Welcome to The Other Cape, a new online magazine celebrating Cape Ann. (Click that link.)
Stories and beautifully curated photographs of Cape Ann’s best – the old, the new, and the fringe, The Other Cape is a kind of magazine-as-compass. If you don’t live here, you will want to visit. If you do live here, The Other Cape will remind you why.
As a local food writer who sometimes ventures into style, I think our “other” Cape is having a renaissance. I can’t keep up with the growers, makers, bakers, coffee roasters, picklers, and even gorgeous terrarium designers hanging signs (and posting websites) on Cape Ann everyday.
A small flock of young farmers has grown up in the last five years, and they are talented, tireless, and, as farming on rock demands, inventive. Today, you can find Cape Ann-raised eggs, chicken, turkey, pork – and in the spring Salt Marsh Farms in Essex will have lamb – for dinner.
Nationally prominent Boston chefs – you know who they are, and if you don’t you can read about them soon in The Other Cape – are not just calling Cape Ann a beautiful place to live, but they are betting on this to be the next great place to have a restaurant. They are putting Gloucester fish, Essex clams, produce from Cape Ann farms, pasta from our new pasta-maker, Danielle Glantz, on their menus.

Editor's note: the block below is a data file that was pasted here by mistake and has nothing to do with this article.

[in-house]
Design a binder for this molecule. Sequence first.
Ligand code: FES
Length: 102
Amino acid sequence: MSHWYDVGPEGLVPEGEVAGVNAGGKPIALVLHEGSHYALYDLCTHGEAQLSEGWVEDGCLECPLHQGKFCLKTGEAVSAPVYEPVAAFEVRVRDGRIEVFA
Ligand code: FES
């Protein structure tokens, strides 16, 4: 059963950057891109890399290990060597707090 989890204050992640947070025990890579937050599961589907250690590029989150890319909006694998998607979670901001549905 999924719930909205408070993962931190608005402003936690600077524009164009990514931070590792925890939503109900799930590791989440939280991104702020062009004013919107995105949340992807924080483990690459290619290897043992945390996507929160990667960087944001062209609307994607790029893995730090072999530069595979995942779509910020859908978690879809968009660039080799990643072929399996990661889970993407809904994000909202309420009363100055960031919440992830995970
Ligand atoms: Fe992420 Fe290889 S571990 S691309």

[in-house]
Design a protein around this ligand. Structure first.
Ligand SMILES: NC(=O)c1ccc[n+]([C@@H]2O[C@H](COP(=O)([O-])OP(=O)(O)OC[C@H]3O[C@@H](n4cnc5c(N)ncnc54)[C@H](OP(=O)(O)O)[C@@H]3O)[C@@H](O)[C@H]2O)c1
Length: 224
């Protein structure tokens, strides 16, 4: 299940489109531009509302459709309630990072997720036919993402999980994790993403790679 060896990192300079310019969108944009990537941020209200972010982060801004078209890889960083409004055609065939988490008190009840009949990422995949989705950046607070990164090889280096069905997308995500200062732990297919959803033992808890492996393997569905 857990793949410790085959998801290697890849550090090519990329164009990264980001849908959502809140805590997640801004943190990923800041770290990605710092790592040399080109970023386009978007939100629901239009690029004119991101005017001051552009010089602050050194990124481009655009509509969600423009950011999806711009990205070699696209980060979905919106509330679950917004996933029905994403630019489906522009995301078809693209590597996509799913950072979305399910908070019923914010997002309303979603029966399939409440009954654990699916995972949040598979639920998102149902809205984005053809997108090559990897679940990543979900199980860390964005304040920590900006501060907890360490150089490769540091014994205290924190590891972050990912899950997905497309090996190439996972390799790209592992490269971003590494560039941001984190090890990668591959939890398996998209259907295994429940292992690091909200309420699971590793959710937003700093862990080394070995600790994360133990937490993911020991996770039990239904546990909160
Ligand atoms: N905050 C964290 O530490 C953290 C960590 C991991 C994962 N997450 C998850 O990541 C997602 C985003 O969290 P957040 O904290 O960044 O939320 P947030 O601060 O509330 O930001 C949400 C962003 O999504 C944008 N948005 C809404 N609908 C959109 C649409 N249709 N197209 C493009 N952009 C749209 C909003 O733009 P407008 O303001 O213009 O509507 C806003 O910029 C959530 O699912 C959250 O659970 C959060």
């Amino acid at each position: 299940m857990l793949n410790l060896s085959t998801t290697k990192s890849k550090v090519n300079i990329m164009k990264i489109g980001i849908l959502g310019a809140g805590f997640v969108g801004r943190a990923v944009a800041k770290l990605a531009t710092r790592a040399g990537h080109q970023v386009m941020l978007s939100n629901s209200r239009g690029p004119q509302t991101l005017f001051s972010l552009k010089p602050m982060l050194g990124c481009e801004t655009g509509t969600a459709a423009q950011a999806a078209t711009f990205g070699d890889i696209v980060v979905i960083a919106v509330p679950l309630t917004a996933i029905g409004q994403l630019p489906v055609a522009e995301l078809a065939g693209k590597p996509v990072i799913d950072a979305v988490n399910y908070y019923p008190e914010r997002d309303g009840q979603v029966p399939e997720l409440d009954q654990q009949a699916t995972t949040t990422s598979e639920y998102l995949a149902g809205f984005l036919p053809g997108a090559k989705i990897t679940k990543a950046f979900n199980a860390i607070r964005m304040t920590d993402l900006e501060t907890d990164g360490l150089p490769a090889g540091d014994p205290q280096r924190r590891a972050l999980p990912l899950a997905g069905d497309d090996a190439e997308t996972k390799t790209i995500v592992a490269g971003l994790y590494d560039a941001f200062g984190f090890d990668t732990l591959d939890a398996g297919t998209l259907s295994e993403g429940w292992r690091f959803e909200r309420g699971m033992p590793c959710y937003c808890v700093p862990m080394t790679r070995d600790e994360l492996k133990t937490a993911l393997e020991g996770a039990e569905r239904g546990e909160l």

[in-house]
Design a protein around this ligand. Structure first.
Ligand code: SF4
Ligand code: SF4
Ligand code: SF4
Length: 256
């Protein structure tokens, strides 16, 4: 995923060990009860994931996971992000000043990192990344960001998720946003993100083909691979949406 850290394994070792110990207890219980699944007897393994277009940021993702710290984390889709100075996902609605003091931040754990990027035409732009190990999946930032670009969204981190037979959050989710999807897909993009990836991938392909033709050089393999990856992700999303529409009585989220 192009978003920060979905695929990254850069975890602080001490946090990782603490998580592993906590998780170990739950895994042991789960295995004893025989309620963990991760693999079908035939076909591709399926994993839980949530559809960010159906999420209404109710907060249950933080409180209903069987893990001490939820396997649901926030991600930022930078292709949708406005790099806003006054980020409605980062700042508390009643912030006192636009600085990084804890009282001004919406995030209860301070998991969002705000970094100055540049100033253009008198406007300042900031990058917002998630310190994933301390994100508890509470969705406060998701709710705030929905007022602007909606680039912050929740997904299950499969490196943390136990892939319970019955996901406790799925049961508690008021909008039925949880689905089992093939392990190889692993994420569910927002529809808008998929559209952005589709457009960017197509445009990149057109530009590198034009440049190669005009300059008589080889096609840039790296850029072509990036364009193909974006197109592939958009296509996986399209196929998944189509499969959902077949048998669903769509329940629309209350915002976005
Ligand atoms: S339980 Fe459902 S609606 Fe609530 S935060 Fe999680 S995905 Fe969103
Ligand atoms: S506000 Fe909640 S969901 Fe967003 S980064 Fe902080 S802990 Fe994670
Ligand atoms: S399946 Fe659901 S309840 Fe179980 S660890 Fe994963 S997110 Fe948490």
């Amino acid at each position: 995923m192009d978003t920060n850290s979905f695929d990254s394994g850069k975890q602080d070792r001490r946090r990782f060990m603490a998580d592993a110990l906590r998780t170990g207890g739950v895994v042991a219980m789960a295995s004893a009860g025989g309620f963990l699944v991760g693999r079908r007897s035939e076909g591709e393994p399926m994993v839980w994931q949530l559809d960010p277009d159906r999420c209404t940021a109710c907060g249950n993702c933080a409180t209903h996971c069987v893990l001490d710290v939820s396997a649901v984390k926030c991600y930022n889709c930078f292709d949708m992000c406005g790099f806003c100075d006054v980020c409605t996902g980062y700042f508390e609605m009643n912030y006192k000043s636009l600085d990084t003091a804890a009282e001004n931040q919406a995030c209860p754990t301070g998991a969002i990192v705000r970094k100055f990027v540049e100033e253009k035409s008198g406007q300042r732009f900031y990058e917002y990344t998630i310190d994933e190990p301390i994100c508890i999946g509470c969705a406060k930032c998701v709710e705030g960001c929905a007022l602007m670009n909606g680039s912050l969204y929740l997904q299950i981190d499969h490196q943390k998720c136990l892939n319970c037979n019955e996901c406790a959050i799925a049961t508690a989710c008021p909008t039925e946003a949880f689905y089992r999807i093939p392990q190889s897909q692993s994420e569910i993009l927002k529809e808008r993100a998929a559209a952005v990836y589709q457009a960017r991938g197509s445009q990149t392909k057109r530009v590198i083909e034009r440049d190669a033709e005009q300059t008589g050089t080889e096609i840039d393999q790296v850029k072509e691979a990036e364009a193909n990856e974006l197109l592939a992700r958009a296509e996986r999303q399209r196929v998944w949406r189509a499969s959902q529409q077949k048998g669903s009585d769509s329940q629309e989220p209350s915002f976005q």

The Cape Ann AirBnB business is busting out, a certain sign that people are discovering the unique culture on our granite peninsula, which, by the way, is supposedly a great chunk of North Africa left behind by a glacier on its slide to Canada.
Cape Ann has had its share of renaissance times; Gloucester is, after all, “America’s oldest seaport.” Post 1623, fishing and quarrying attracted immigrant communities that salted cod, braided Nisu and celebrated saints galore. A-list artists writing, painting, and chiseling on Cape Ann were once almost thick as fishing boats in Gloucester harbor. Almost. For heavens sake, we have an organ company! (C.B. Fisk, Inc.)
There are many stories to write about Cape Ann’s past, and more to write about its exciting future, the crafts people, the innovators, the renovators, the incubators. And there are hundreds of beautiful places to see, from the best Dogtown trails to the best works at the Cape Ann Museum.
“The Other Cape” will be an almost monthly way to check in on what’s new, what’s interesting, and what’s beautiful here.
About that “other” thing: Cape Ann is the other Cape, why? It has more granite than sand? It’s “uphill” from Boston? We have no Kennedys?
Or, maybe it’s because one of our best keep secrets is the sensual pleasure of lying on a warm slab of granite, not sand, beside the Atlantic ocean. Maybe it’s because, while we’re “uphill” from Boston, we’ve got a highway blessed by an orange dinosaur and the Rockport Line from North Station, not the Southeast Express Way, that links us to the city. Maybe it’s because we have no Kennedys.
We have Sefatia. Check out my piece on the mayor who cooks – or on Pastaio via Corta – in the first issue of The Other Cape.